• Politics

When Does Free Speech Go Too Far?

List RulesVote up the cases in which you believe free speech does not apply. Vote down the cases that you believe should be protected.

Like most things US Constitution-related, interpretations of the First Amendment – particularly what constitutes free speech – are both abundant and varied. The staunchest constitutionalists might tell you that there is no limit to freedom of speech; that's the point of ensuring it in the first place. Others, however, might say that there's a clear and definitive difference between free speech and hate speech, and the latter is not protected by the former.

Free speech becomes even murkier to interpret when things like comedy, religion, and patriotism are considered alongside it. Are there inappropriate or indefensible uses of free speech? Are there instances or situations where it doesn't apply?

Vote up any situations to which you believe free speech does not apply.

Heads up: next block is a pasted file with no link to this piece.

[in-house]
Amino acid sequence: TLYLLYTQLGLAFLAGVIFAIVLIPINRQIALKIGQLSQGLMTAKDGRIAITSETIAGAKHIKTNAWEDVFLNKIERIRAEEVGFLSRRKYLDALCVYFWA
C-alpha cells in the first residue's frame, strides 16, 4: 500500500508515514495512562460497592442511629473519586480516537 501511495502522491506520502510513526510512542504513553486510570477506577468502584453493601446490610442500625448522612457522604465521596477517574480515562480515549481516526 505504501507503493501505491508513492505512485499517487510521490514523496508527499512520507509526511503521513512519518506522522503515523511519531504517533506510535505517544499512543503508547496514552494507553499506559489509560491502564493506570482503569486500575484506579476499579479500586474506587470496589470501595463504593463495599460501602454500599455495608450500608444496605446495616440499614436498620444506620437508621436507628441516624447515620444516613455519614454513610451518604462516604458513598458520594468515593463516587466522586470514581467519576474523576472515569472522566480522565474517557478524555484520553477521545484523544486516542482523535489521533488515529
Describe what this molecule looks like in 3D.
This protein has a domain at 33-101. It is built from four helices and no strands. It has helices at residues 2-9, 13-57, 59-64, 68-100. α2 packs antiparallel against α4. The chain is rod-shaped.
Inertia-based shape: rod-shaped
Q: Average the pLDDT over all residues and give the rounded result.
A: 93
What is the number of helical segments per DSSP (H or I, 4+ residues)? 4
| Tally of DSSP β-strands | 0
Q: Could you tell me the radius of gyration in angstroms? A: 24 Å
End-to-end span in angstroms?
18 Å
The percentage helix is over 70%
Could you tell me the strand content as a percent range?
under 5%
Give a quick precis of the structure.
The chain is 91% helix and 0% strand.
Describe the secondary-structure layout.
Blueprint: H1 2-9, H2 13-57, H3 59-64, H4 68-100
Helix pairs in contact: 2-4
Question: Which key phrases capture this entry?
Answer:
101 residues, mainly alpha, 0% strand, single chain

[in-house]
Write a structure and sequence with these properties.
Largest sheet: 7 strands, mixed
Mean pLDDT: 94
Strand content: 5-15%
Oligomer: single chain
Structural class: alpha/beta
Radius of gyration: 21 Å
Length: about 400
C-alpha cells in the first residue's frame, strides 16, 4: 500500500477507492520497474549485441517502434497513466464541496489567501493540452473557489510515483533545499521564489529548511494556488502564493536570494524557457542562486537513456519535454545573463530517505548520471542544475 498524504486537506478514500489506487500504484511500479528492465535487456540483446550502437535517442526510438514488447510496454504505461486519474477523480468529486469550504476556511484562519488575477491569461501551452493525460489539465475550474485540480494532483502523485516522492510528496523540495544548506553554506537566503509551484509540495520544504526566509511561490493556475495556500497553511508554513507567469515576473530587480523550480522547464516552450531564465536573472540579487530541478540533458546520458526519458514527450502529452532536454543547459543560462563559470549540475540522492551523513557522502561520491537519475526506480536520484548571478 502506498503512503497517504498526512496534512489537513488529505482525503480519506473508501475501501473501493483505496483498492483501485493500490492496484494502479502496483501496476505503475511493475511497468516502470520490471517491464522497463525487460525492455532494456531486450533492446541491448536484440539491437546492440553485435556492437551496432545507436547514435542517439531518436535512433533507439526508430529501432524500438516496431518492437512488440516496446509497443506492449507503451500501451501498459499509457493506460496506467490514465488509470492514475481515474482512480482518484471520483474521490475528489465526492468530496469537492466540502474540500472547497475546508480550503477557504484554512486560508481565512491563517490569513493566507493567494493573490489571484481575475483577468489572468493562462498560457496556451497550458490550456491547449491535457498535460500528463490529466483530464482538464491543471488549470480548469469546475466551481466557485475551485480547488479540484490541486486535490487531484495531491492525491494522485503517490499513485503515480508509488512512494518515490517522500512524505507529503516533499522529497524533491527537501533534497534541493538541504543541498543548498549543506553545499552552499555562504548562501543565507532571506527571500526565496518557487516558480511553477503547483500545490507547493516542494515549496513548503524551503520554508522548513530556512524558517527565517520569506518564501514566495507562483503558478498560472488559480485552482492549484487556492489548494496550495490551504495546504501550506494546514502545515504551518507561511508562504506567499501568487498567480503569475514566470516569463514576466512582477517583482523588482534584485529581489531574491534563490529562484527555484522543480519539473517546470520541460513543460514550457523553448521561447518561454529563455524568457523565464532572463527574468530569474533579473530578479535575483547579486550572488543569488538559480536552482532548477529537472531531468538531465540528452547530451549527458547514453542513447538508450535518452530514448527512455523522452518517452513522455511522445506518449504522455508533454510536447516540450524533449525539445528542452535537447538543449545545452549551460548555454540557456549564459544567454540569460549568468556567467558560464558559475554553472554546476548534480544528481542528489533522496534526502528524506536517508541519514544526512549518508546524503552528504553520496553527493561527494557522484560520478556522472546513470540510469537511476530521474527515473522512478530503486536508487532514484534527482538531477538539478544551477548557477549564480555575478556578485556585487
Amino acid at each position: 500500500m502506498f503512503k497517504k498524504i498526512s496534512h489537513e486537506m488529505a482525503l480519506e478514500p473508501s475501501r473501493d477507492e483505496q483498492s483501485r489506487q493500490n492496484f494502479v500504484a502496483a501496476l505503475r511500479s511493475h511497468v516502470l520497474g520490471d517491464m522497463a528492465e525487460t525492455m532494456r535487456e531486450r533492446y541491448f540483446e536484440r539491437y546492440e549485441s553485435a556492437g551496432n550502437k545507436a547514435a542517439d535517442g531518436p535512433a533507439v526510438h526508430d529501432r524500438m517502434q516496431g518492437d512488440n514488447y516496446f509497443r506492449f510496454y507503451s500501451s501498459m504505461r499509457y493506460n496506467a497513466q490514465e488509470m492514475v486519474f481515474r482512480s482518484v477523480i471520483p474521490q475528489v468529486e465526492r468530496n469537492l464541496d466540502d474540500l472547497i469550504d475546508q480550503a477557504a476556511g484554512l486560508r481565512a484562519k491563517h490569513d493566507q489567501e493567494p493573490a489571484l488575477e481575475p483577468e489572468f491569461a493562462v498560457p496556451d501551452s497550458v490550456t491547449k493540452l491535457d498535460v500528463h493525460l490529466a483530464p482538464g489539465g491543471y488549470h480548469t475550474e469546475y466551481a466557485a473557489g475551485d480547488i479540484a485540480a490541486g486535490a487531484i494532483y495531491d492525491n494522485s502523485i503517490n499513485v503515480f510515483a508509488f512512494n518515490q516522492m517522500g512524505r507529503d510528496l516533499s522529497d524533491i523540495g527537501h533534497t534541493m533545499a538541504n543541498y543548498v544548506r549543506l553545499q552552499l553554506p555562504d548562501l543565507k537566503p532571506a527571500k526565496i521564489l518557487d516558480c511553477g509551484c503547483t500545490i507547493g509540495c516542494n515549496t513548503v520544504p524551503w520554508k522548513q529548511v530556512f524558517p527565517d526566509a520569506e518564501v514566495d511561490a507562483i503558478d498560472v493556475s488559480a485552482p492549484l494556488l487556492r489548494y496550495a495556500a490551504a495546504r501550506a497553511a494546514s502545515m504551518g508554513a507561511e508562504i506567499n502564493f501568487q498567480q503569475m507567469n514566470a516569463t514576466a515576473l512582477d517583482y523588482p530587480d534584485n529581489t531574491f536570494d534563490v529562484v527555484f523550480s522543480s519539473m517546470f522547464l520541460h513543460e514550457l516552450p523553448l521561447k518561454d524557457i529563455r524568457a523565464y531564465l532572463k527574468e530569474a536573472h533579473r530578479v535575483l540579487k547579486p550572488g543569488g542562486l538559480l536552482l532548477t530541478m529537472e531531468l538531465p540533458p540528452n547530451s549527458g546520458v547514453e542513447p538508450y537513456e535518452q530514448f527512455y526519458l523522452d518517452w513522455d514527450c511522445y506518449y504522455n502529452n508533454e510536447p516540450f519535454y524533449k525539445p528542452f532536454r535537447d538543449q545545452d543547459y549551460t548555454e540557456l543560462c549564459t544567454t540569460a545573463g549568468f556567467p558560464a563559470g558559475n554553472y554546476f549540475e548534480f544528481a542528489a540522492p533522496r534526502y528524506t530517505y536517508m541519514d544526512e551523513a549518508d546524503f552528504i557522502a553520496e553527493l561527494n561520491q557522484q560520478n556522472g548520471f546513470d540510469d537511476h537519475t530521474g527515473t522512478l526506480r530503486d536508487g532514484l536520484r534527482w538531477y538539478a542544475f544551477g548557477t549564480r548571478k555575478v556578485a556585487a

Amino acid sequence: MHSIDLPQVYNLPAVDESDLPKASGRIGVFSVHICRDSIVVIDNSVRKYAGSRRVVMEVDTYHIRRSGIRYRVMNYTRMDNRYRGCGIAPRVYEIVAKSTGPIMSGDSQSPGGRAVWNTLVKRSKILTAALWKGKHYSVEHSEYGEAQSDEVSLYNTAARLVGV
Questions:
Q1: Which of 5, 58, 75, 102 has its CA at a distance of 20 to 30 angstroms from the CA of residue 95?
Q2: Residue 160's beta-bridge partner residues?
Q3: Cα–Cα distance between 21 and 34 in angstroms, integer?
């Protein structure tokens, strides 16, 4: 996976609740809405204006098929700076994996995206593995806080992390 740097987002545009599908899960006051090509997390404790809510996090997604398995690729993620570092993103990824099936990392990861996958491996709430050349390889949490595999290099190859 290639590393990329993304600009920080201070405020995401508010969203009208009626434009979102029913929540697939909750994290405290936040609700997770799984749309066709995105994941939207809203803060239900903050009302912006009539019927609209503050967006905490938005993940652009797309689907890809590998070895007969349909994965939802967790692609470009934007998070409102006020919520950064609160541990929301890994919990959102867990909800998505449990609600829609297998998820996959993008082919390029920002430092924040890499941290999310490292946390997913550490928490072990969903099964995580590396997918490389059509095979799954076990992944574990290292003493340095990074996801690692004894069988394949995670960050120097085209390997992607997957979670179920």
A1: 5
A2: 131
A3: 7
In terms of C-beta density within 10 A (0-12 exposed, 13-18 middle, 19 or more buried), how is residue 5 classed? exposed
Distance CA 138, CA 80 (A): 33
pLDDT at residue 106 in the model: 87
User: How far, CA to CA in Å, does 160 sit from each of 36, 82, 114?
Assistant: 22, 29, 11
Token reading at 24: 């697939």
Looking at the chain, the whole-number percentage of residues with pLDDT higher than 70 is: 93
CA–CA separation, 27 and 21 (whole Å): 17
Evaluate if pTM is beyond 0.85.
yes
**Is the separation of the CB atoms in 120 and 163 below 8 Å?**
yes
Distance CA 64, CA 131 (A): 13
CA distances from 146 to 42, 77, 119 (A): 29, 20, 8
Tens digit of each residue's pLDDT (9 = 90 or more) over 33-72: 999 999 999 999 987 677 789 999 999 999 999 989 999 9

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  • 1
    670
    157

    Threatening physical violence against another person or group.

  • 2
    667
    171

    Inciting panic and violence with misinformation.

  • 3
    604
    189

    Using it to limit someone else's free speech.

  • 4
    526
    180

    Recruiting for a terrorist group and espousing its beliefs (e.g. ISIS).

  • 5
    501
    223

    Passing off fake news as the truth when you have a large audience or platform.

  • 6
    295
    362

    Using slurs that apply to someone else's identity or group when you have a large audience.

  • 7
    264
    345

    Espousing views that support the ideology of a known hate group.

  • 8
    249
    340

    Displaying known hate-group symbols.

  • 9
    278
    402

    Nothing; freedom of speech is absolute.

  • 10
    181
    334

    Using slurs that apply to someone else's identity or group.

  • 11
    161
    362

    Criticizing or making fun of the children of political figures.

  • 12
    164
    379

    Burning or desecrating a religious or political icon (e.g. the Bible or the American flag).

  • 13
    144
    339

    Promoting conspiracy theories when you have a large audience or platform.

  • 14
    138
    353

    Criticizing someone's physical appearance as a punchline.

  • 15
    95
    374

    Depicting religious figures when doing so is sacrilege (e.g. Muhammad).

  • 16
    84
    403

    Engaging in nonviolent civil disobedience (e.g. kneeling during the National Anthem).

  • 17
    66
    369

    Using slurs that apply to your own identity or group.

  • 18
    74
    411

    Criticizing the military.

  • 19
    71
    441

    Criticizing the government.